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printing zero block length files

 
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Rich Hearn
Regular Advisor

printing zero block length files


Hi all,

If this is not the correct forum, please let me know of the appropriate one. I've tried a couple of forum searches, but didn't find anything. This is not printer model specific, tho' HP printers (our most common vendor) seem
to be the most susceptible to the following...

Environment:
Openvms v8.3 alpha, Extended 2-node ES47 cluster, each node has it's own system disk that's MSCP shared, EVA5000 - common data disks

Problem:
Has anyone else ever run into the problem of an application (Caché) every once in a while generating print jobs with 0 Blks (zero) that stall some printers and not others?

Questions:
How does VMS handle printing a zero length file? Is it an actual file filled with "null" characters? Is it just a "name" in the directory? Why does it even try? Is there something "obvious" that I'm failing to recognize here? Is it a question only the app vendor can answer? Has anyone ever tried to print a 0 block file?

thoughts welcome,
Rich
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11 REPLIES 11
Jim_McKinney
Honored Contributor

Re: printing zero block length files

> Is it an actual file filled with "null" characters?

No.

> Is it just a "name" in the directory?

Yes, just a name in the directory and the disk's INDEXF.SYS. Only this meta-data exists. No data blocks are allocated.

> Why does it even try?

Many symbionts will print header / flag / banner / trailer pages. It is entirely possible to have a these delimit a job with no other output - at least then you will know that the print job was processed.

> Has anyone ever tried to print a 0 block file?

With separating banner pages I've not had problems.
Rich Hearn
Regular Advisor

Re: printing zero block length files


Jim,

Thanks for the response and the information.

It's interesting in regards to the banner pages - ours are all turned off, so they don't ever get sent - folks don't like the extra paper getting used.

I may just be "out of luck" in that regard
Tnx,
Rich
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Jim_McKinney
Honored Contributor

Re: printing zero block length files

> that stall some printers and not others?

Are you using print queues or writing directly to the printers? If a queue, does "SHOW QUEUE/FULL" report "STALLED"? If not, then what? Are the printers addressed via the network? TCP perhaps? If so, you might consider using TCPDUMP to view the conversation between the host and printer - sometimes this is informative? If the printers are older and attached to serial ports on terminal servers you might consider "watching" the port status as jobs are processed. fwiw...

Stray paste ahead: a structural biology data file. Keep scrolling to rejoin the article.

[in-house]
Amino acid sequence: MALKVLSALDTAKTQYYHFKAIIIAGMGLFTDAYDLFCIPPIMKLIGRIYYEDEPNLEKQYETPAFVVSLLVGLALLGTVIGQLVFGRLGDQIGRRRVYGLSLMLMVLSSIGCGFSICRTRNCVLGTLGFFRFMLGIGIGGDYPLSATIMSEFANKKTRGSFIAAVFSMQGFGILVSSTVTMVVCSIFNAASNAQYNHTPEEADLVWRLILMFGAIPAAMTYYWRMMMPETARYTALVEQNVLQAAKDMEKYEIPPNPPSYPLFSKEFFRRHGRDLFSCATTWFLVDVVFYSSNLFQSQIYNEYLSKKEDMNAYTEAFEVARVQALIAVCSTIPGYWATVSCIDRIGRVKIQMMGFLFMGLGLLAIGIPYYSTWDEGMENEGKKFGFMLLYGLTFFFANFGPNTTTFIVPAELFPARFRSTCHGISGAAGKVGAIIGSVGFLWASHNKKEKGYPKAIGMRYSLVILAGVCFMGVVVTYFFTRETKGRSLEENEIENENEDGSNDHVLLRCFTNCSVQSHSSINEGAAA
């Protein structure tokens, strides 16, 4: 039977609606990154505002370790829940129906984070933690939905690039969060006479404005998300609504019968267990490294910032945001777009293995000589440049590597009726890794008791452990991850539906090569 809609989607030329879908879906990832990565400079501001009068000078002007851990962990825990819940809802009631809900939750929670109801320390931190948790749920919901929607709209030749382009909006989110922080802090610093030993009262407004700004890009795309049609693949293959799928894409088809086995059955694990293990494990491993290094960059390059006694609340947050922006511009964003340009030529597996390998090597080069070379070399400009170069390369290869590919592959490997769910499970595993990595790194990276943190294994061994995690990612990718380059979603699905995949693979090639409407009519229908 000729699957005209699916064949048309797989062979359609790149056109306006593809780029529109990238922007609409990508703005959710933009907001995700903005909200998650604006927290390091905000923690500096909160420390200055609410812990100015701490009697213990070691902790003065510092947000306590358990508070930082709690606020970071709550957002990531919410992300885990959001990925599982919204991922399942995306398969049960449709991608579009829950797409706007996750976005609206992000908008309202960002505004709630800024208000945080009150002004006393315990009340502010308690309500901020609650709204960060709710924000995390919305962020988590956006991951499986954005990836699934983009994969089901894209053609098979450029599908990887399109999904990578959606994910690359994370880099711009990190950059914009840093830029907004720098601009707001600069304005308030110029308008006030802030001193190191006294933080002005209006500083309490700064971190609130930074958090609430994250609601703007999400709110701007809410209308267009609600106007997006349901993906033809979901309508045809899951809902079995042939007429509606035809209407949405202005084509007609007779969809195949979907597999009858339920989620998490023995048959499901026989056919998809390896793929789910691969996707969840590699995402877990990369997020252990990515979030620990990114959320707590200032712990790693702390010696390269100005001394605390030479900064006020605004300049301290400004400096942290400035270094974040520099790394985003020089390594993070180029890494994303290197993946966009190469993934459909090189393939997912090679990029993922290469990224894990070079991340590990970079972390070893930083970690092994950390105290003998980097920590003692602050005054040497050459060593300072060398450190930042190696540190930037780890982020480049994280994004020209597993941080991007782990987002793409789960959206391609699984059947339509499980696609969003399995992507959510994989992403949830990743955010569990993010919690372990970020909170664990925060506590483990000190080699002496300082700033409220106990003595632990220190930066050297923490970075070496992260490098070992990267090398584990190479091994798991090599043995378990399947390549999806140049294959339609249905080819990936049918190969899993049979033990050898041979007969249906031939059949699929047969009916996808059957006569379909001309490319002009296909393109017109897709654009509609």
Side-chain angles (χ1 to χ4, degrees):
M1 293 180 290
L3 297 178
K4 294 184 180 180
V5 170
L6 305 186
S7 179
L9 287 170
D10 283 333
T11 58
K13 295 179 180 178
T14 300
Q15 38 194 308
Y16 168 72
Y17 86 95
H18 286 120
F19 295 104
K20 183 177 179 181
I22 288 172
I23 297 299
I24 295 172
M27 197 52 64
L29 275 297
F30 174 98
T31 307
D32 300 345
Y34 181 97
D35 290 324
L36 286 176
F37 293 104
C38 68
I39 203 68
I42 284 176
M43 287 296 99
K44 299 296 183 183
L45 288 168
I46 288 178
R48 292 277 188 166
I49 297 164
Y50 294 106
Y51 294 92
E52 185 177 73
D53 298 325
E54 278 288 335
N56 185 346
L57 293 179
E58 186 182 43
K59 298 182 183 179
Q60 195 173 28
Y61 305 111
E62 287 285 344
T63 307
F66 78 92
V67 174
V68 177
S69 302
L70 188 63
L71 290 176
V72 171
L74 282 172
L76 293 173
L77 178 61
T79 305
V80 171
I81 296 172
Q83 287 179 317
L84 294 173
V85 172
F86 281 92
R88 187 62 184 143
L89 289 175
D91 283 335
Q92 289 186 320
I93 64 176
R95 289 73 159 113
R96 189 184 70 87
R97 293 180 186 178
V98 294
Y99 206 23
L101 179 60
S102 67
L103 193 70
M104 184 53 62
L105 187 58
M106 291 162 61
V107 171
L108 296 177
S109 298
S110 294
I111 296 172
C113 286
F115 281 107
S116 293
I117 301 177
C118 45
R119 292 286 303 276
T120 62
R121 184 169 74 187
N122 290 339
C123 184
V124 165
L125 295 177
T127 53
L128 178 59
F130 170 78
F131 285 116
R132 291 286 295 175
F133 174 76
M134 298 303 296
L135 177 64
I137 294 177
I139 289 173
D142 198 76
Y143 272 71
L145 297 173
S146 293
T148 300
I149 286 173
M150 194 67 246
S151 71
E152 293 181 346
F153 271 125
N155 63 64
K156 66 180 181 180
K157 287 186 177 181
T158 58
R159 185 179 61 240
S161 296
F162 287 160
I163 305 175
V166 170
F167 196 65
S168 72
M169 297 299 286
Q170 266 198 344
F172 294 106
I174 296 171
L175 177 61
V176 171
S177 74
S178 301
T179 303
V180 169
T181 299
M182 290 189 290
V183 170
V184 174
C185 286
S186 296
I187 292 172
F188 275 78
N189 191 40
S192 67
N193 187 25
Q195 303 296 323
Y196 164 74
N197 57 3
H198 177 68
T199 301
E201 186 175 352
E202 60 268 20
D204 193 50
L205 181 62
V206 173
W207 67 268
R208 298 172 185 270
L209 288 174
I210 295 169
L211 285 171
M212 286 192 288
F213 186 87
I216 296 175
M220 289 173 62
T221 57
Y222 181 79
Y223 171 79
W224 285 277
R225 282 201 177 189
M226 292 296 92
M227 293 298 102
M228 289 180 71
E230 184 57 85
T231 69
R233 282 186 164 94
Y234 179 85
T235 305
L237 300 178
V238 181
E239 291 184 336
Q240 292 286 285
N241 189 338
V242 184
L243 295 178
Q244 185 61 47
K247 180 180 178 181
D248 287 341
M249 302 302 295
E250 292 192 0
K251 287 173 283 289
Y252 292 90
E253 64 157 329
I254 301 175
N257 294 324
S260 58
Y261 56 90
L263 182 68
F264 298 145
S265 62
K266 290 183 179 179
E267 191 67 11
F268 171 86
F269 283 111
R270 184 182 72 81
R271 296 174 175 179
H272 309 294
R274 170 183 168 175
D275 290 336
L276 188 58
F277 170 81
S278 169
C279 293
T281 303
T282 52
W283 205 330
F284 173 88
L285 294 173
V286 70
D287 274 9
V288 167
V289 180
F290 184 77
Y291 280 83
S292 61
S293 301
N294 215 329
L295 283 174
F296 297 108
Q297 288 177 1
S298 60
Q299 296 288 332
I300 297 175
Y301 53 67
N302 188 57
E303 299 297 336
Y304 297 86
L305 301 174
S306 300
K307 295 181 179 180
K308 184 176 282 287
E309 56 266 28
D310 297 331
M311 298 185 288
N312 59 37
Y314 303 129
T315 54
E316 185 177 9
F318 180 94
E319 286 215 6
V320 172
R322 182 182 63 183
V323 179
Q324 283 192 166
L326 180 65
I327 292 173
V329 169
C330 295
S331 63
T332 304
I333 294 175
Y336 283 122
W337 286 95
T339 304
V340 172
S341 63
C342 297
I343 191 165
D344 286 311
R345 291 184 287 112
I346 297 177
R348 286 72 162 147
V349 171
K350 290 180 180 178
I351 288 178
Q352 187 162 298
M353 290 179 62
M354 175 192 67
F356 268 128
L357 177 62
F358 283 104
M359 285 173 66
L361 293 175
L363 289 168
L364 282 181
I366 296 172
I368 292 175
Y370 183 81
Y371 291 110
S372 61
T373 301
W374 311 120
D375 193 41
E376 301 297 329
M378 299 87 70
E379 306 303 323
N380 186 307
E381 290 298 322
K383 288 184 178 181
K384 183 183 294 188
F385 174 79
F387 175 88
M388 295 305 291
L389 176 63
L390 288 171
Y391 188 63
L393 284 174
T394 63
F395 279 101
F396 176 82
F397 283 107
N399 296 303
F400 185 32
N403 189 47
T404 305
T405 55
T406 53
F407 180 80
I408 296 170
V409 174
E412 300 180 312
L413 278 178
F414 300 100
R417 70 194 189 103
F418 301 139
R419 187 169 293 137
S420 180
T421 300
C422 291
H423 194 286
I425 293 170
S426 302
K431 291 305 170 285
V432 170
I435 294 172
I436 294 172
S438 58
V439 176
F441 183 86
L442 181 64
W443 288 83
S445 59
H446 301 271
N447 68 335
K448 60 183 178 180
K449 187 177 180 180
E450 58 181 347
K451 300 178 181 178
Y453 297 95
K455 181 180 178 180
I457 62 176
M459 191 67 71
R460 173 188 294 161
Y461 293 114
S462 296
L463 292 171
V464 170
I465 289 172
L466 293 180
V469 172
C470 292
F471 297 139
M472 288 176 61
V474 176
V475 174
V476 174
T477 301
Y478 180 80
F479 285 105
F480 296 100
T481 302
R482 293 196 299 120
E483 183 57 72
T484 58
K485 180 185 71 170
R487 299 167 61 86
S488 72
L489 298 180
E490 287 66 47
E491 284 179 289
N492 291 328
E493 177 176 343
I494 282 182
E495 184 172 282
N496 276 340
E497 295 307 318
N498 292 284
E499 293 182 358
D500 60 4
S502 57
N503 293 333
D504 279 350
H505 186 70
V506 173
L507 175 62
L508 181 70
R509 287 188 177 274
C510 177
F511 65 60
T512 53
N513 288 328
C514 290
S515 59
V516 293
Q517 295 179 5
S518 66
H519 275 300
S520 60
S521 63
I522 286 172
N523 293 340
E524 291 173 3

David B Sneddon
Honored Contributor
Solution

Re: printing zero block length files

Have you tried setting the queues to /BLOCK_LIMIT=(1,"")
This will prevent the zero block jobs being sent
to the printer although they will remain in the queue
and require cleaning up at some point.

Dave
Jan van den Ende
Honored Contributor

Re: printing zero block length files

Dave,

A fine trick!

I will need to try (sometime, currently seeking a VMS job) if that will also help with the issue I have encountered:
A printjob to print all files fitting a certain wildcard spec.
Sometimes one of them was zero lenght, apparently with the same issue Rich has.

VERY curious if your trick also helps there too. [purely academic now :-( ]

Proost.

Have one on me.

jpe
Don't rust yours pelled jacker to fine doll missed aches.
Rich Hearn
Regular Advisor

Re: printing zero block length files


Jim,

Thanks for the questions - I am using VMS queues - one for each printer. A "show que/all/full PQxx" will show the queue stalled with the "offending job" at the top of the list. The printers either have built-in Ethernet interfaces (HP/Canon/Xerox) or external print servers (HP[non internal]/OkiData) Printer names have DHCP reservations, so we access them via Multinets (v5.2) TCP/Ip. The problem is too "sporadic" to have TCPDUMP monitoring an address to a logfile, but it's still worth keeping in mind.